Binding Arbitration’s Threat To State And Local Governments

by Ivan Osorio on November 16, 2012

in Economy, Employment, Labor

One reason Wisconsin Governor Scott Walker’s labor reforms are considered far-reaching — by both supporters and detractors — is the fact that they were structural. Rather than trim around the edges — trim some salaries here, reduce the growth of some benefits there — Walker’s reforms went to the root of the problem by curbing the mechanism used by government employee unions to gain ever more generous benefits for their members: collective bargaining.

Binding arbitration is another favorite structural tool of government unions that state and local governments need to address. Originally conceived as a way to avoid strikes by public safety personnel. The Manhattan Institute’s Steven Malanga explains:

Arbitration for government workers originally arose as a byproduct of states’ bans on public employee strikes. If workers couldn’t go out on the picket line, legislators reasoned, they should be given some system of independent mediation in contract disputes. But as public employee unions gained power, they helped shape these systems to their advantage. In some states, like New York, laws ban arbitrators from considering a local government’s fiscal limitations when ruling on new contracts. In other states, arbitrators calculating an award for workers in one city can base the amount on the pattern of pay increases in nearby cities, even if those cities are much wealthier and can afford to pay more. Government unions have learned to claim that negotiations with local officials are at an impasse, thus moving the process into arbitration, where they can expect a better deal. A study by the Manhattan Institute’s Empire Center for New York State Policy has found that, for New York government workers in jobs covered by arbitration, pay increased over a 10-year period by 59 percent — compared with a one-third gain for other government workers.

Thus, for many states, counties, and cities, the upward ratcheting mechanism that keeps driving government worker compensation constantly upward is embedded in law. As my co-authors Don Bellante, David Denholm, and I explain at length in our Cato Institute study, “Vallejo Con Dios: Why Public Sector Unionism Is a Bad Deal for Taxpayers and Representative Government“:

In some states, public-sector unions enjoy another privilege in the form of compulsory binding arbitration, which is intended to resolve public-sector labor disputes without disruption of public services—yet its results often hit the public purse even worse than strikes. For the unions, it is a “can’t lose” proposition, because an arbitrator will never award a settlement that is anything less than management’s final offer, so the union is guaranteed to obtain at least some of its demands and will never come out worse than the status quo ante.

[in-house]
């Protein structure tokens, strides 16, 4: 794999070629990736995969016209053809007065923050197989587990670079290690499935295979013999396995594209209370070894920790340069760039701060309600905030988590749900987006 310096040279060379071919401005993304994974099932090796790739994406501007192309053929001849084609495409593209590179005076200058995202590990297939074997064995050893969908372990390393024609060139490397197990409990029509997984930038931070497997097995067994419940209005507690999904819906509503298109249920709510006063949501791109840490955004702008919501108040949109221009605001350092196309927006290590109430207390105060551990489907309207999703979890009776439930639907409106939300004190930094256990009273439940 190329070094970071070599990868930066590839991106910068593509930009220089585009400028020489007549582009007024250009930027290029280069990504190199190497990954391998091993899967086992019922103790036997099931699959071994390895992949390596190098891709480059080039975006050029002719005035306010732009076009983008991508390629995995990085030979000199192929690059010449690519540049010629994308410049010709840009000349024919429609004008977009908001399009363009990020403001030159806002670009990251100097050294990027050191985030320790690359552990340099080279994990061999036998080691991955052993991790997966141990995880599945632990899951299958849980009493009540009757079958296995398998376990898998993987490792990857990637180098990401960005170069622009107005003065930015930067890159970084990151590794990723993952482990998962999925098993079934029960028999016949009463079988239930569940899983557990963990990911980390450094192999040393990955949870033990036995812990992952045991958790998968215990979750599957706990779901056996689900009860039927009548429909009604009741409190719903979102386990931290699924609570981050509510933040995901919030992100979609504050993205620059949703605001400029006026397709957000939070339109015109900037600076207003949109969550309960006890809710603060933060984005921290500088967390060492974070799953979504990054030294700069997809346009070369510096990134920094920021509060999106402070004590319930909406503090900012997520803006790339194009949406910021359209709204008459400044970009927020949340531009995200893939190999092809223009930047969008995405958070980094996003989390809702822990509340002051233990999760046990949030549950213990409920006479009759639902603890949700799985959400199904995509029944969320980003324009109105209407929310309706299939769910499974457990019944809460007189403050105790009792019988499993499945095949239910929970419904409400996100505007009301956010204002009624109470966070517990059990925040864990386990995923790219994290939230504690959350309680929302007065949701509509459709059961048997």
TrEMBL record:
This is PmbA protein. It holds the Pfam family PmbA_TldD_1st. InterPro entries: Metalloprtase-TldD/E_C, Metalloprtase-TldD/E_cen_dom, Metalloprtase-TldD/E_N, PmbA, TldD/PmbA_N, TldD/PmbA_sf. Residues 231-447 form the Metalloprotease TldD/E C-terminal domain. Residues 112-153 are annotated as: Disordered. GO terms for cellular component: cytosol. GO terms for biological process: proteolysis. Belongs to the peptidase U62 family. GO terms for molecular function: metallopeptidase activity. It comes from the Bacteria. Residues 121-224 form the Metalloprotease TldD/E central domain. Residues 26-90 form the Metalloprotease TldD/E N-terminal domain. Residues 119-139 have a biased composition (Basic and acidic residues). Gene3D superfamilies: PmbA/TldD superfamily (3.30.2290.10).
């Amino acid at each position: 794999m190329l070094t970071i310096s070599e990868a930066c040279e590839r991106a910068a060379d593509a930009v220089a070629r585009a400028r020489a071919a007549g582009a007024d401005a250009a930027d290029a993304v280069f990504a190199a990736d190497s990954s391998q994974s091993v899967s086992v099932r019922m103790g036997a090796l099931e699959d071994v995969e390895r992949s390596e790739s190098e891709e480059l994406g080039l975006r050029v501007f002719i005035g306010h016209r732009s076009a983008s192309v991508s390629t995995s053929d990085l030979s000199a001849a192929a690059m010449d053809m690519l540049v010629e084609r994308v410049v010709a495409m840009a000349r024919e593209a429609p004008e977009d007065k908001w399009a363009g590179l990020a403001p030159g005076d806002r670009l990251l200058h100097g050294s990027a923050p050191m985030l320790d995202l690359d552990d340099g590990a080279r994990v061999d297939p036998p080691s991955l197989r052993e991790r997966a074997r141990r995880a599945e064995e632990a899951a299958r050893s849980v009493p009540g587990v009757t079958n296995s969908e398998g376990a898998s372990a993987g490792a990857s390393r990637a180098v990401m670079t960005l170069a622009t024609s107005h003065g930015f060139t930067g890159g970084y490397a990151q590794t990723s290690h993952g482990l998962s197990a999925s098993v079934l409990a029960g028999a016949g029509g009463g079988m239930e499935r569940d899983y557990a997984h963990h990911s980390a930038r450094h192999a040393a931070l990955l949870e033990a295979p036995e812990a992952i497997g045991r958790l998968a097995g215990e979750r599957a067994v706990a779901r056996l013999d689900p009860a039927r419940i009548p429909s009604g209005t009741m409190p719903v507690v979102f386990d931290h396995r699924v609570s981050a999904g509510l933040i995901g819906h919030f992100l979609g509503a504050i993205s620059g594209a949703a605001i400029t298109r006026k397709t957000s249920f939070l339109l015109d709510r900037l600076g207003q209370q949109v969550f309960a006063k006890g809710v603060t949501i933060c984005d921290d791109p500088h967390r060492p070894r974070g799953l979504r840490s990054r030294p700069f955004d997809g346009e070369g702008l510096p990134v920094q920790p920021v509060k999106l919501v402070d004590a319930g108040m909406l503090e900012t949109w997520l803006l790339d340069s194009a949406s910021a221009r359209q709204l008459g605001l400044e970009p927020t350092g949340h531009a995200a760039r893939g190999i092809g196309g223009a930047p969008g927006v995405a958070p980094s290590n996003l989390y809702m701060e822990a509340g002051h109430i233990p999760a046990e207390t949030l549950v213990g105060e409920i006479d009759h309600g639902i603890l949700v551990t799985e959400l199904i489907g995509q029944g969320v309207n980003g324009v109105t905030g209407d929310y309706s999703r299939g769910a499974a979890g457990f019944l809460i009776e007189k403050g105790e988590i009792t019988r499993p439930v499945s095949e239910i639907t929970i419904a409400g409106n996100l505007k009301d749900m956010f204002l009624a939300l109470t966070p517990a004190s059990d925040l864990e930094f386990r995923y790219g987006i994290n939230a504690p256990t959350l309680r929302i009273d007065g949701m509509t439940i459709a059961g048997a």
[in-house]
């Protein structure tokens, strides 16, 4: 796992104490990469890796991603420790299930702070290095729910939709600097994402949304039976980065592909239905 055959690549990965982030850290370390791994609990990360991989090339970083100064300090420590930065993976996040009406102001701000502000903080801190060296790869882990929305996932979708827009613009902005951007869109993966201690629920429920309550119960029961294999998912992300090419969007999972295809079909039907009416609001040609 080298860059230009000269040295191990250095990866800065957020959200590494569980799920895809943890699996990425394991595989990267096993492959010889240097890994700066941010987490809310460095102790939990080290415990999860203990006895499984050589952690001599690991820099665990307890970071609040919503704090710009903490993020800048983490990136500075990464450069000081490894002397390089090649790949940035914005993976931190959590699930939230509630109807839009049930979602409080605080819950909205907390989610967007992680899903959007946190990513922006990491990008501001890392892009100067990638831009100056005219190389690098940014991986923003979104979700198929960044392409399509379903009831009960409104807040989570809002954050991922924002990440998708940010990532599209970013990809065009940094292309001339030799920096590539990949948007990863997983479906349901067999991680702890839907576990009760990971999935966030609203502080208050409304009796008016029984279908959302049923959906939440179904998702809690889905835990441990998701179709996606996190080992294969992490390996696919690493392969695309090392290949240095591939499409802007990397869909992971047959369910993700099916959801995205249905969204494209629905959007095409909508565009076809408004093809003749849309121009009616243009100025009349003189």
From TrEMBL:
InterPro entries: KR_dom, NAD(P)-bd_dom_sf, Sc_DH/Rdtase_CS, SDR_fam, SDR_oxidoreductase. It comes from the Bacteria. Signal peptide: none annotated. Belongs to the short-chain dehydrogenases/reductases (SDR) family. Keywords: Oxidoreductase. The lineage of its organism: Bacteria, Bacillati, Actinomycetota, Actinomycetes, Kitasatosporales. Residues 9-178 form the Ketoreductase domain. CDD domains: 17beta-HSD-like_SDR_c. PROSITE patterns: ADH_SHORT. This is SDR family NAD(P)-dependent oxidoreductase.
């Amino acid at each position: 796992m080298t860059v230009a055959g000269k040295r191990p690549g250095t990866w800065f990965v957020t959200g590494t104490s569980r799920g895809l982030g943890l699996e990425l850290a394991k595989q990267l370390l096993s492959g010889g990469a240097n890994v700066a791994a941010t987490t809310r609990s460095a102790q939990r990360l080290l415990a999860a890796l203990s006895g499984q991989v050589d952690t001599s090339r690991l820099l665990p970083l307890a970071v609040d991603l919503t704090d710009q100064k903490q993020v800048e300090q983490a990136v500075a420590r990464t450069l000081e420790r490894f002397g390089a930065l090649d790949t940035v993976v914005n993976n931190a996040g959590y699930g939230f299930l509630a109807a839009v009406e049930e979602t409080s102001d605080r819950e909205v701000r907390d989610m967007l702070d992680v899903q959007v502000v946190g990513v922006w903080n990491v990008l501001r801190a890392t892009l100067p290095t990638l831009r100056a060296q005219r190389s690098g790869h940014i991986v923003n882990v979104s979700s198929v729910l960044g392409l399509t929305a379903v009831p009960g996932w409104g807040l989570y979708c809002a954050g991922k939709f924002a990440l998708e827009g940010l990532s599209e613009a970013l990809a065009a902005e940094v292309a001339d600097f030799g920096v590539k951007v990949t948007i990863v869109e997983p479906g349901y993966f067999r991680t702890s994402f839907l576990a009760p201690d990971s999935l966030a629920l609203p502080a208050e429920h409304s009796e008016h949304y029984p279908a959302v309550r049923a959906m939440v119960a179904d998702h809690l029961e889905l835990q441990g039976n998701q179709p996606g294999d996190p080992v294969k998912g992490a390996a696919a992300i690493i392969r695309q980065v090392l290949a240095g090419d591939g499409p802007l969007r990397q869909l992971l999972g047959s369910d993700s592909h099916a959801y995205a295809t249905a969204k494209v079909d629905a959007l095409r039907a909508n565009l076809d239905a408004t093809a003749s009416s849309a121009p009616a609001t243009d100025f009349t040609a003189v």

There is one check on union demands in arbitration—a union’s final offer must be acceptable to the arbitrator for it to be incorporated into a new contract, but that relies on the discretion of the arbitrator, whose incentive to hold down costs is unlikely to be very strong due to his or her lack of a vested interest in the labor dispute’s outcome. The city of San Luis Obispo, California, shows how bad things can get under binding arbitration. In June 2008, an arbitrator awarded hefty salary increases to unionized police officers in San Luis Obispo. Police officers received immediate raises of 22.28 percent, while dispatchers and technicians got raises of 27.82 percent. For the average police officer’s salary, this represents an increase from $71,000 to $93,000 a year,with salaries including overtime expected to top $100,000, according to city officials. City administrative officer Ken Hampian said the increases cost the city $1.8 million above what it planned to pay. While this may be an egregious case, the mere possibility of such a scenario should make state and local governments wary of binding arbitration.

Moving away from this true-and-tried method of fleecing taxpayers will require strong political will, courage, and fortitude on the part of state lawmakers. Public employee unions will oppose any such efforts tooth and nail. It will be a difficult fight. But given the dire state of many state and local governments’ finances, voters may well reward politicians who set those aright. If so, government unions’ political muscle may finally meet its match.

For more on public sector unions, see here.

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